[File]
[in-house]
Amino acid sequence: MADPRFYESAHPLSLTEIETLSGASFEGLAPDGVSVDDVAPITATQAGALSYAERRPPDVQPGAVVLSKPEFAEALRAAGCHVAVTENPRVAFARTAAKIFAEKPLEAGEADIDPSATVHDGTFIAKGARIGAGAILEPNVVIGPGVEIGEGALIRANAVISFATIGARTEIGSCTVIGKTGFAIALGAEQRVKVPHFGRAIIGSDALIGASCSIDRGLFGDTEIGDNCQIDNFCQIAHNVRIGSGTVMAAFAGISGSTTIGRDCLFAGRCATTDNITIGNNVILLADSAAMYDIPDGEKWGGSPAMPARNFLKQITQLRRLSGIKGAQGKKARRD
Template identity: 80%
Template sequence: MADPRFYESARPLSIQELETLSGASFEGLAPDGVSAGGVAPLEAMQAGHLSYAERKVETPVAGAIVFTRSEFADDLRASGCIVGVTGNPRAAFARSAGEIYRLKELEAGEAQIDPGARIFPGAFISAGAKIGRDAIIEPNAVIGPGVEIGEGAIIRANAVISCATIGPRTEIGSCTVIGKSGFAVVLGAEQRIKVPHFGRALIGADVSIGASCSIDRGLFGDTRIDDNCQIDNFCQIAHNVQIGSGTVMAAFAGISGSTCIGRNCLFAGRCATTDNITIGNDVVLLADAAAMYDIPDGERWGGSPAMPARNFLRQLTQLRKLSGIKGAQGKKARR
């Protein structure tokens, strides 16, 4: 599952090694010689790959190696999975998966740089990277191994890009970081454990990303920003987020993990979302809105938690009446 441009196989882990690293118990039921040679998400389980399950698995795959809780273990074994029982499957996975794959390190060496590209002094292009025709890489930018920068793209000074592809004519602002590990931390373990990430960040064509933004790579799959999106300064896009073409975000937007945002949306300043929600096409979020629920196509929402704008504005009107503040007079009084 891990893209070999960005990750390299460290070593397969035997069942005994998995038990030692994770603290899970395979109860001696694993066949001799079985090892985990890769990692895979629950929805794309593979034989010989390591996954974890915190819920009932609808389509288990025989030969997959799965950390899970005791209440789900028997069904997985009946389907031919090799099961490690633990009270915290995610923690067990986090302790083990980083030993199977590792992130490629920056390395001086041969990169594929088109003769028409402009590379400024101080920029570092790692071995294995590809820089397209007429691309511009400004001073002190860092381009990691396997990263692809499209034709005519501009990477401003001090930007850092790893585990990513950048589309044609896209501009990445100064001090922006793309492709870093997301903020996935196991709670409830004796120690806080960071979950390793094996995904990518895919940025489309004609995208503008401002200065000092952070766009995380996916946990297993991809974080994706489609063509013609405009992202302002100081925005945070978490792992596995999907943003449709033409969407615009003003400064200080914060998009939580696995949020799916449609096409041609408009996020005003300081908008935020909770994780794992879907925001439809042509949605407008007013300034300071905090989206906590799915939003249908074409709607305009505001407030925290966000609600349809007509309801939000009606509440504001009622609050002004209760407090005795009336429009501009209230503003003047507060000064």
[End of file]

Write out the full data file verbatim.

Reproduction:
[in-house]
Amino acid sequence: MADPRFYESAHPLSLTEIETLSGASFEGLAPDGVSVDDVAPITATQAGALSYAERRPPDVQPGAVVLSKPEFAEALRAAGCHVAVTENPRVAFARTAAKIFAEKPLEAGEADIDPSATVHDGTFIAKGARIGAGAILEPNVVIGPGVEIGEGALIRANAVISFATIGARTEIGSCTVIGKTGFAIALGAEQRVKVPHFGRAIIGSDALIGASCSIDRGLFGDTEIGDNCQIDNFCQIAHNVRIGSGTVMAAFAGISGSTTIGRDCLFAGRCATTDNITIGNNVILLADSAAMYDIPDGEKWGGSPAMPARNFLKQITQLRRLSGIKGAQGKKARRD
Template identity: 80%
Template sequence: MADPRFYESARPLSIQELETLSGASFEGLAPDGVSAGGVAPLEAMQAGHLSYAERKVETPVAGAIVFTRSEFADDLRASGCIVGVTGNPRAAFARSAGEIYRLKELEAGEAQIDPGARIFPGAFISAGAKIGRDAIIEPNAVIGPGVEIGEGAIIRANAVISCATIGPRTEIGSCTVIGKSGFAVVLGAEQRIKVPHFGRALIGADVSIGASCSIDRGLFGDTRIDDNCQIDNFCQIAHNVQIGSGTVMAAFAGISGSTCIGRNCLFAGRCATTDNITIGNDVVLLADAAAMYDIPDGERWGGSPAMPARNFLRQLTQLRKLSGIKGAQGKKARR
């Protein structure tokens, strides 16, 4: 599952090694010689790959190696999975998966740089990277191994890009970081454990990303920003987020993990979302809105938690009446 441009196989882990690293118990039921040679998400389980399950698995795959809780273990074994029982499957996975794959390190060496590209002094292009025709890489930018920068793209000074592809004519602002590990931390373990990430960040064509933004790579799959999106300064896009073409975000937007945002949306300043929600096409979020629920196509929402704008504005009107503040007079009084 891990893209070999960005990750390299460290070593397969035997069942005994998995038990030692994770603290899970395979109860001696694993066949001799079985090892985990890769990692895979629950929805794309593979034989010989390591996954974890915190819920009932609808389509288990025989030969997959799965950390899970005791209440789900028997069904997985009946389907031919090799099961490690633990009270915290995610923690067990986090302790083990980083030993199977590792992130490629920056390395001086041969990169594929088109003769028409402009590379400024101080920029570092790692071995294995590809820089397209007429691309511009400004001073002190860092381009990691396997990263692809499209034709005519501009990477401003001090930007850092790893585990990513950048589309044609896209501009990445100064001090922006793309492709870093997301903020996935196991709670409830004796120690806080960071979950390793094996995904990518895919940025489309004609995208503008401002200065000092952070766009995380996916946990297993991809974080994706489609063509013609405009992202302002100081925005945070978490792992596995999907943003449709033409969407615009003003400064200080914060998009939580696995949020799916449609096409041609408009996020005003300081908008935020909770994780794992879907925001439809042509949605407008007013300034300071905090989206906590799915939003249908074409709607305009505001407030925290966000609600349809007509309801939000009606509440504001009622609050002004209760407090005795009336429009501009209230503003003047507060000064």